and constipation (IBS)
  • TMJ disorder
  • Skin color changes
  • Tingling limbs
  • Restless legs syndrome

Chronic fatigue syndrome (CDC)
  • Primary Symptoms (n8)
  • Cognitive dysfunction
  • Post-exertion malaise
  • after physical or mental exertion
  • Unrefreshing sleep
  • Joint pain
  • Persistent muscle pain
  • New headaches
  • Tender cervical/axillary lymph nodes
  • Sore throat
  • Other common symptoms
  • Irritable bowel syndrome
  • Abdominal pain, diarrhea
  • Nausea, bloating
  • Chills and night sweats
  • Brain fog
  • Chest pain
  • Shortness of breath/chronic cough
  • Multiple food/chemical allergies/sensitivities
  • Psychological problems
  • Depression, anxiety, mood swings, irritability
  • Jaw (facial) pain
  • Weight loss or gain

Multiple Chemical Sensitivity Syndrome. Common
  • Fatigue
  • Difficulty concentrating
  • Depressed mood
  • Memory loss
  • Weakness
  • Headaches
  • Heat intolerance
  • Arthralgia
  • Numerous GI symptoms
  • Respiratory/mucosal irritation

Magill and Suruda. American Family Physician,
Sept. 1, 1996.
A case for Lumping
  • Argument 2
  • Patients with one functional syndrome frequently
    meet diagnostic criteria for other syndromes (if
    queried!). Wessely et al
  • CFS linked to/overlaps with FM, tension
    headache, multiple chemical sensitivity, food
    allergy, PMS, and IBS.
  • IBS linked to NUD, CFS, hyperventilation, FM,
    tension headache, atypical facial pain,
    non-cardiac CP, chronic pelvic pain. and PMS.

A case for Lumping
  • Argument 3
  • Patients with different symptoms (functional
    syndromes) share non-symptom features
  • Gender female predominance of non-gynecologic
    FSSs, such as IBS, CFS, TMJ dysfunction, atypical
    facial pain, globus syndrome, tension headaches.
  • Association of FFSs with emotional disorders
    correlated with current and past anxiety and
    depression. Examples IBS, multiple chemical
    sensitivity, CFS
  • Pathophysiology Little known, but FSSs may
    share a common pathophysiology (altered
    functioning of the CNS) rather than be caused by
    disorders in specific organ systems
  • IBS Colon ? CNS
  • NUD/Bloating Stomach ? CNS
  • FM and CFS Muscle ? CNS
  • Facial pain TMJ, etc. ? CNS

? Role of 5-HT neurons
A case for Lumping
  • Argument 3, contd
  • History of childhood mistreatment and/or abuse,
    especially sexual abuse pelvic pain, PMS, IBS,
    tension headache, FM, CFS
  • Difficulties in the doctor-patient relationship
  • Unsatisfactory for the doctor
  • Unsatisfactory for the patient
  • headache, non-cardiac chest pain, FM, CFS

A case for Lumping
  • Argument 4
  • All functional syndromes respond to
    similar therapies.
  • General approaches
  • Take patients complaints seriously.
  • Explain the physiology of the symptoms.
  • Limit investigations.
  • Emphasize rehabilitation at the expense of cure.
  • Antidepressant drugs (tricyclic, SSRI off
  • Accepted for PMS, atypical facial pain,
    non-cardiac chest pain
  • Role in FM, CFS, and IBS less clear, but evolving
  • Psychological therapies (e.g., cognitive
    behavioral therapy)
  • Effective in CFS, PMS, IBS, and in nearly all
    pain syndromes

Rome III. Psychosocial aspects of the functional
GI disorders. Levy et al. Gastroenterology 130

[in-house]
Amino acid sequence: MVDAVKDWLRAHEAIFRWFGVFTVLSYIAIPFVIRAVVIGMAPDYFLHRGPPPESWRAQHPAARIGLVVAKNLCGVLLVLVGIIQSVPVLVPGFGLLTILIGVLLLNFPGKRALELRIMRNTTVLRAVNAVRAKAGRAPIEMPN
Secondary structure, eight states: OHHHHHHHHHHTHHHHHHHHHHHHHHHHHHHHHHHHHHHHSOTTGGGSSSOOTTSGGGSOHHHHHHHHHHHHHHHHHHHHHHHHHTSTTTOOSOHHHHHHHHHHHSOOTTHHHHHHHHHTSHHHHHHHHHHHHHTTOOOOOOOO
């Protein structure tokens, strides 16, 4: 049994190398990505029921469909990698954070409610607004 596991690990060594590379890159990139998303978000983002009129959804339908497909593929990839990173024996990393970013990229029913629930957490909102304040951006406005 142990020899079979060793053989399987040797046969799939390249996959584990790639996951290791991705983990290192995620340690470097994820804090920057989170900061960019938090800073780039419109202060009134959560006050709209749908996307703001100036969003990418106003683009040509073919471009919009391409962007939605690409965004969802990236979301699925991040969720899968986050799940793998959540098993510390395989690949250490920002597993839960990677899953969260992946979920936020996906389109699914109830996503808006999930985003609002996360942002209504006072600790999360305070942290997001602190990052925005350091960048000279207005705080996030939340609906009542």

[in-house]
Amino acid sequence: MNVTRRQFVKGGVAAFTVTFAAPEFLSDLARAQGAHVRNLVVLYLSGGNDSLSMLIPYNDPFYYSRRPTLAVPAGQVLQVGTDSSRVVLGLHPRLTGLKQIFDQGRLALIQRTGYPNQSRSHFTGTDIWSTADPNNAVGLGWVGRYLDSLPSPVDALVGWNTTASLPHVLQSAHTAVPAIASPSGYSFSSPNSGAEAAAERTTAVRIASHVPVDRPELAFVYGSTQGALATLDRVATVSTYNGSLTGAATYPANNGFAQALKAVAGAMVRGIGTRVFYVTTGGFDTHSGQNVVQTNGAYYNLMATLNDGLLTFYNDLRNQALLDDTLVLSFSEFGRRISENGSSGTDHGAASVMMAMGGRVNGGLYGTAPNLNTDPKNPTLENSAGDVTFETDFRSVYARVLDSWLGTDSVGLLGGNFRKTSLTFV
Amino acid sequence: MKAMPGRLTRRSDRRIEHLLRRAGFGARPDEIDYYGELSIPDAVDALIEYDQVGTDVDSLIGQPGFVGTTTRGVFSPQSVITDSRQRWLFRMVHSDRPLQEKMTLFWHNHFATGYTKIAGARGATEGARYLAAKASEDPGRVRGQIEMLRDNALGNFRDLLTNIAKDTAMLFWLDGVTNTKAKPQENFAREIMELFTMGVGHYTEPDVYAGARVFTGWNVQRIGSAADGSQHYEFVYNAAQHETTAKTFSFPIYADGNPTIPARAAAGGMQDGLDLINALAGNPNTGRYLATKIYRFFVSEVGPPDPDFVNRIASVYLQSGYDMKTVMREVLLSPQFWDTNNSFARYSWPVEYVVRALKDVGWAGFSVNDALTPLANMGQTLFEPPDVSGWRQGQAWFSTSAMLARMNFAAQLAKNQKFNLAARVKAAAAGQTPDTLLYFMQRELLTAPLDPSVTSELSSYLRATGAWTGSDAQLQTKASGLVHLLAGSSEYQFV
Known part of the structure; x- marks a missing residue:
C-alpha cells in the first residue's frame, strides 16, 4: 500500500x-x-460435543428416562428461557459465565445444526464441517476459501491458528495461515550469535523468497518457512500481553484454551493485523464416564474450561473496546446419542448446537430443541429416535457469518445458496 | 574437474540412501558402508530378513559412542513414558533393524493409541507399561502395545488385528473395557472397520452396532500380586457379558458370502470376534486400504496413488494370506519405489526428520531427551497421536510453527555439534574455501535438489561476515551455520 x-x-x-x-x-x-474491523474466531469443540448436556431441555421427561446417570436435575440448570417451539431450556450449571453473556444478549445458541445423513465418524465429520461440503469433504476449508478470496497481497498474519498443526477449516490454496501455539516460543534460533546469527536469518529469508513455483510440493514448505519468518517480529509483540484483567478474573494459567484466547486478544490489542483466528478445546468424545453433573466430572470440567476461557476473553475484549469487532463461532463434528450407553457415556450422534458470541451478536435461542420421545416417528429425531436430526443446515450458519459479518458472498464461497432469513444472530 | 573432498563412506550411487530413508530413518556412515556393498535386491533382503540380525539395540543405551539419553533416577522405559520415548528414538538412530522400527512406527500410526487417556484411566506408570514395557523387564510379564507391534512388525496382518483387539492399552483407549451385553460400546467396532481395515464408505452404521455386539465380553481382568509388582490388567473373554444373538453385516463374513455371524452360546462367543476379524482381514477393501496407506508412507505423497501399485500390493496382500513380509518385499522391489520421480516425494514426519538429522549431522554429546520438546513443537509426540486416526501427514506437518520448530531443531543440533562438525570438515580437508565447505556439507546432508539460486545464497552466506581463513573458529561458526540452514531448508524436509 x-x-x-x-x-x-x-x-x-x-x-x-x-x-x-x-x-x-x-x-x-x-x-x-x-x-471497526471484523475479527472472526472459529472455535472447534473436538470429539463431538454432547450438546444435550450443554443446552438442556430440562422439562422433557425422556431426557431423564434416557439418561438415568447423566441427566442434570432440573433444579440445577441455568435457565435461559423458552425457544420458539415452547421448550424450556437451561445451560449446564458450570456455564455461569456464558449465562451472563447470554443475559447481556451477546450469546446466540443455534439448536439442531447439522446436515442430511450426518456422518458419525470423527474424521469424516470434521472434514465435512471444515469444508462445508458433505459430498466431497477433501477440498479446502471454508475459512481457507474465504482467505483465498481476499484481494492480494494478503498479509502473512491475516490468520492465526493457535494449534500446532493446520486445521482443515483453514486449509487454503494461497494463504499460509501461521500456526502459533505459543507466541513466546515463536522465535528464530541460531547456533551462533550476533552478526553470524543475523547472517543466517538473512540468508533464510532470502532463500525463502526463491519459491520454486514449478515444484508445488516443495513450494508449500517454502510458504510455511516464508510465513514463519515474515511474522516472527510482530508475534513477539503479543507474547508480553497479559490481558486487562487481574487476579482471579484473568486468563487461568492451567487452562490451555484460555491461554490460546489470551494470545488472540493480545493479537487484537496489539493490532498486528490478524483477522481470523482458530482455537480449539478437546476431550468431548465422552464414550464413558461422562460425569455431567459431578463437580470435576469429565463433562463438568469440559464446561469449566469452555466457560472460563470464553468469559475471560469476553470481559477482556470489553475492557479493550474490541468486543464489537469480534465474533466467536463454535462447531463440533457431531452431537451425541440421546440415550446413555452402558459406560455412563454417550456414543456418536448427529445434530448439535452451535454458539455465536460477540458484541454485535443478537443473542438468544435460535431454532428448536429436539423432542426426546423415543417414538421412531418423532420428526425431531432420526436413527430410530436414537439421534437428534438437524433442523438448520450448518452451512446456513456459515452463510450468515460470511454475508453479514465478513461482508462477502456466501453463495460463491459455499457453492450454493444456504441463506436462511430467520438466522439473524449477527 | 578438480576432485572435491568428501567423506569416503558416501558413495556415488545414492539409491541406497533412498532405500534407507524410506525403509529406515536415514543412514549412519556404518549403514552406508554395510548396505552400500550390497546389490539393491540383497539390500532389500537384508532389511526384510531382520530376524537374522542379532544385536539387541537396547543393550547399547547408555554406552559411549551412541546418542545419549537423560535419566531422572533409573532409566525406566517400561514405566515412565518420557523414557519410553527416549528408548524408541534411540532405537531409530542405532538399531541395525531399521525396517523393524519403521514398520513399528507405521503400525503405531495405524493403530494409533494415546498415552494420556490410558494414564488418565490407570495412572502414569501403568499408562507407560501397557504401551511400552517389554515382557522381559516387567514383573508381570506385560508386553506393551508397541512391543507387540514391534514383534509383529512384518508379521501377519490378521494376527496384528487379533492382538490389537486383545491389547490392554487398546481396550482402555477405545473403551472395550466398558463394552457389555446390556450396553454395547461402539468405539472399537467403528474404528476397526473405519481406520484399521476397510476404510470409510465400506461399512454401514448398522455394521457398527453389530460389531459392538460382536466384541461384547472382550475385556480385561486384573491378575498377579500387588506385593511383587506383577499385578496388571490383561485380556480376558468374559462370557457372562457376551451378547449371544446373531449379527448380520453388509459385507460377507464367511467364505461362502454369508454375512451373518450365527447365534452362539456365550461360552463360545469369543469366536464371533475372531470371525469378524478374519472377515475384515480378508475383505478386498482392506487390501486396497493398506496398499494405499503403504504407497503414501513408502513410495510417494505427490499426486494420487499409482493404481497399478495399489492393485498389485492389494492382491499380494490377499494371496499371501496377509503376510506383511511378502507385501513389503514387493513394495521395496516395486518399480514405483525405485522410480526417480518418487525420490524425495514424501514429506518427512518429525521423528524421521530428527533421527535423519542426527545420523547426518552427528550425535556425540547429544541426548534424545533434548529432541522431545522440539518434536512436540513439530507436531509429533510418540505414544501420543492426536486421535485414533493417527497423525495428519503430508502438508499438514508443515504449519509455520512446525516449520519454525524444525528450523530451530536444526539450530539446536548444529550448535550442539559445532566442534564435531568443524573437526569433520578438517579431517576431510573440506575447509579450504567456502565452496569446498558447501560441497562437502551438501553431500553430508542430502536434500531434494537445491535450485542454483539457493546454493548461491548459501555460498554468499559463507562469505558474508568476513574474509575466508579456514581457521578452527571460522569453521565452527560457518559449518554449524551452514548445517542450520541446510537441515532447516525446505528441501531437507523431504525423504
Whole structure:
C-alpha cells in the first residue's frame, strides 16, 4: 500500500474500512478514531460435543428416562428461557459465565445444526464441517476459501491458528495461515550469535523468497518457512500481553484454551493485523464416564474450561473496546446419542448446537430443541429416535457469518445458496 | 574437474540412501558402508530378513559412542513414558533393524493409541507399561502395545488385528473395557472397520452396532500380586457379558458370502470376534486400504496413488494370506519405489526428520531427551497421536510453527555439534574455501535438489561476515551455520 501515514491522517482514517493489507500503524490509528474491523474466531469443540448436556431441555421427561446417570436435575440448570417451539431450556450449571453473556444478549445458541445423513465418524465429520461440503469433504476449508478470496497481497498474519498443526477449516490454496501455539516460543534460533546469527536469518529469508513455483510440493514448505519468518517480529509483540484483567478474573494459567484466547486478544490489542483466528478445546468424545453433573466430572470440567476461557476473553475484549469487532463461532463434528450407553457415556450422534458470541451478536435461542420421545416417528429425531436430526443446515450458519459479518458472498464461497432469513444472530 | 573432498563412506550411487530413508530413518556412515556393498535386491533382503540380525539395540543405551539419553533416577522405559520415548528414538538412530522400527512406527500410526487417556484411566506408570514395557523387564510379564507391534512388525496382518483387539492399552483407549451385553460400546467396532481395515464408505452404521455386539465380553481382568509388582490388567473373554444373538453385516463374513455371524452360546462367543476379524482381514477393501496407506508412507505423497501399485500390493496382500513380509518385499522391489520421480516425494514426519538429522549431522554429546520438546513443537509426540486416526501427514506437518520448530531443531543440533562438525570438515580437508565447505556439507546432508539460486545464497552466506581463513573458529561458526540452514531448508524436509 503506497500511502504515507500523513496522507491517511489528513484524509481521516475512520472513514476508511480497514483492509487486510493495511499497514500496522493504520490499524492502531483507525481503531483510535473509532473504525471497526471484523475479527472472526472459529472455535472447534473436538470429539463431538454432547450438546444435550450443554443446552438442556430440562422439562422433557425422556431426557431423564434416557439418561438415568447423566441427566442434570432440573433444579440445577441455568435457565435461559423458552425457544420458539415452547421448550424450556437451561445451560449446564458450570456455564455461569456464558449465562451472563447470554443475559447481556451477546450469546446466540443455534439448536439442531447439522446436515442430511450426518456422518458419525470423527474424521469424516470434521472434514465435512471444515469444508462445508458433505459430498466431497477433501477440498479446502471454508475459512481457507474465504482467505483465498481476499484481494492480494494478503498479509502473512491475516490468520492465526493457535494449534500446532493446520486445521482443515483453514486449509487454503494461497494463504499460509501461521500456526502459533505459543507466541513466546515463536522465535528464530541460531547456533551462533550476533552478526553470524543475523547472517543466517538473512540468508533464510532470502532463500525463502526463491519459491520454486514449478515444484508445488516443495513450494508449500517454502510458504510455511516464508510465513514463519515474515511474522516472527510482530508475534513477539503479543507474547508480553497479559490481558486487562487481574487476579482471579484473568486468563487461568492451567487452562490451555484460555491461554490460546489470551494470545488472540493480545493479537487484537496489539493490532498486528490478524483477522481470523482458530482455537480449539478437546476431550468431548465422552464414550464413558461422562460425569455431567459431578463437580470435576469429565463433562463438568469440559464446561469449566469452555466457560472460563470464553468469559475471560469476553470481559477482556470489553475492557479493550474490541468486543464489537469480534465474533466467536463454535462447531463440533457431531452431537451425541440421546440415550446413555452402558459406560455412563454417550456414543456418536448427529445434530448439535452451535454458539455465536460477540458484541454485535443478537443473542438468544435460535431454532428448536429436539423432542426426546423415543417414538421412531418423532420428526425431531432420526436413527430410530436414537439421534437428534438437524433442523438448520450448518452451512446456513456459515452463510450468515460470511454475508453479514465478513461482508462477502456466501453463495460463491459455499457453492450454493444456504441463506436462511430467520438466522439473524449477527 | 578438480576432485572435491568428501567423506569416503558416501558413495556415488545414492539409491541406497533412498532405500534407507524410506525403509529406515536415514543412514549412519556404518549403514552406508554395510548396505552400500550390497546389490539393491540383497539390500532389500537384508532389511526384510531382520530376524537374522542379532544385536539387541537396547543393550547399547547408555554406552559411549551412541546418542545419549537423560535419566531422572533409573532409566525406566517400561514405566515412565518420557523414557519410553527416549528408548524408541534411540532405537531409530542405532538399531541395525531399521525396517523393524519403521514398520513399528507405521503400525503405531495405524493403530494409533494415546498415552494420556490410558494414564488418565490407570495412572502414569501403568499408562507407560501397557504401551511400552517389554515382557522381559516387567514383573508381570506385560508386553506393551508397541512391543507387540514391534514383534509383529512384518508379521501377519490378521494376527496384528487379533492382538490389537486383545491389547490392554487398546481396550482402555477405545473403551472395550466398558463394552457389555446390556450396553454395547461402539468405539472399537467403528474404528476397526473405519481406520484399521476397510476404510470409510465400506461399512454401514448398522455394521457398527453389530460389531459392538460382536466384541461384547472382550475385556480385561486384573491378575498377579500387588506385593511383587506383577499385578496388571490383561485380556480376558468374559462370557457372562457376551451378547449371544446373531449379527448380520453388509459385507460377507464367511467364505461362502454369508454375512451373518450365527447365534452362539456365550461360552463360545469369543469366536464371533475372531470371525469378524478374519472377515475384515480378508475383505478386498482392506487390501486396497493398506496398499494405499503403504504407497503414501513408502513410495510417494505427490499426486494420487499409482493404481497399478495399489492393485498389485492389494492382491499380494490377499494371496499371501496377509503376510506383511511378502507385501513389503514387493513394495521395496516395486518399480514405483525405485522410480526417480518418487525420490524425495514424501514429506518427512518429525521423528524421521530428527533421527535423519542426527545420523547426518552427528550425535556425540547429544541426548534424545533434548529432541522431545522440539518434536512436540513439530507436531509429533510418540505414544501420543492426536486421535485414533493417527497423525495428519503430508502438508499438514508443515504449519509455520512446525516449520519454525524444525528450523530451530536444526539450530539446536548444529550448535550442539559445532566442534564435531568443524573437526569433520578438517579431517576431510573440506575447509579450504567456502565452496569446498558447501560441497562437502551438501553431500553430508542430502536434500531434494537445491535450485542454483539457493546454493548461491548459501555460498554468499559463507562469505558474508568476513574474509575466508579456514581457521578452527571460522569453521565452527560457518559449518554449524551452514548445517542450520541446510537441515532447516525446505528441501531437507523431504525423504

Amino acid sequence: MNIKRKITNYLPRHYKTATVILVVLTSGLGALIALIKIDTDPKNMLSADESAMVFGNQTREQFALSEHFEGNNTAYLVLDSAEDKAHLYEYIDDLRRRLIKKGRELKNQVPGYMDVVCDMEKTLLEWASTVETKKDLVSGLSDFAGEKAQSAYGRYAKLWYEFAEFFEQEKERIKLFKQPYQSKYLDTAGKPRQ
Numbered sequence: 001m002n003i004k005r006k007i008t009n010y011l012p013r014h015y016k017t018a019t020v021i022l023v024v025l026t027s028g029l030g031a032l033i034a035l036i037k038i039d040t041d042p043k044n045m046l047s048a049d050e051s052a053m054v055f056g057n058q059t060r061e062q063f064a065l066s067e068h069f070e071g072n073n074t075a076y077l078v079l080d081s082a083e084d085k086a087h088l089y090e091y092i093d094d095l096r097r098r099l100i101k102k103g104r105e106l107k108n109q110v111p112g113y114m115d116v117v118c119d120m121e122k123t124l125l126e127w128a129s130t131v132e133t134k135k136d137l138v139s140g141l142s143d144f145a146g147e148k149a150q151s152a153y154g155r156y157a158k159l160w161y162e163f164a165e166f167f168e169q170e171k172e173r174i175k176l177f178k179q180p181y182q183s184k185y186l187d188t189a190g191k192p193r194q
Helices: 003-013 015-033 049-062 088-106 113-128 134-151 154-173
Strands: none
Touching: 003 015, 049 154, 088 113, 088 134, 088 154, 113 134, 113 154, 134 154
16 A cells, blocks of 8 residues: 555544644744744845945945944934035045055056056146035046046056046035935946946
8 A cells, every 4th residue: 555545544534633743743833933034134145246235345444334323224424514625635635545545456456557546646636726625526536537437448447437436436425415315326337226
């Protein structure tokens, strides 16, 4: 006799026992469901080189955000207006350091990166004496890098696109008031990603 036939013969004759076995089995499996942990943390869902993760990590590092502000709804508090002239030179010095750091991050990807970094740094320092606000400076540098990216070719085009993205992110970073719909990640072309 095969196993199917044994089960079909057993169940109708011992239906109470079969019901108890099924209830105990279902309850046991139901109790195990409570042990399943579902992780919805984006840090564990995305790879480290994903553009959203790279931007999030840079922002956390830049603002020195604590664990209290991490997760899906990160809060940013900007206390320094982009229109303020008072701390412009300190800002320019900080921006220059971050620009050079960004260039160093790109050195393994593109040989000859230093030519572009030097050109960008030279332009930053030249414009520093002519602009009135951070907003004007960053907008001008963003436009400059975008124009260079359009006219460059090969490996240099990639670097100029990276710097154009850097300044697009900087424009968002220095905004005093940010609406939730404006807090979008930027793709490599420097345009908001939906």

1447-58, 2006.
  • The committee reached consensus in finding
    considerable evidence supporting the association
    between psychological distress, childhood trauma
    and recent environmental stress, and several of
    the FGIDs but noted that this association is not
    specific to FGIDs.
  • there is now increasing evidence that a number
    of psychological treatments and antidepressants
    are helpful in reducing symptoms and other
    consequences of the FGIDs in children and adults.

Multiple Chemical Sensitivity (MCS) Syndrome
  • Several theories have been advanced to explain
    the cause of MCS, including allergy, toxic
    effects and neurobiologic sensitization. There is
    insufficient scientific evidence to confirm a
    relationship between any of these possible causes
    and symptoms.
  • Patients with MCS have high rates of depression,
    anxiety and somatoform disorders, but it is
    unclear if a causal relationship or merely an
    association exists between MCS and psychiatric
    problems. Physicians should compassionately
    evaluate and care for patients who have this
    distressing condition, while avoiding the use of
    unproven, expensive or potentially harmful tests
    and treatments. The first goal of management is
    to establish an effective physician-patient
    relationship. The patient's efforts to return to
    work and to a normal social life should be
    encouraged and supported.

Magill and Suruda. Amer Fam Physician, September,
Functional Somatic Syndromes New or Old Concept ?
  • Psychosomatic Syndromes
  • Psychosomatic Affections
  • Multiple Visceral Neuroses
  • Syndrome Shift

  • For sub-specialists
  • Elicit symptoms outside of your area of specialty
    (look at the big picture)
  • Ask about childhood/sexual abuse
  • Minimize excessive testing if symptoms fit a
    functional disorder
  • Consider more general and safer therapies
  • For primary care physicians
  • Look at the company your patients symptoms keep
  • Minimize referrals to sub-specialists if patient
    has evidence of multiple functional somatic
  • Seek co-existing anxiety and/or depression and
    treat accordingly
  • Ask about childhood/sexual abuse
  • Be willing to consider off-label antidepressants
    for symptoms
  • Be prepared to refer difficult/refractory cases
    to a mental health professional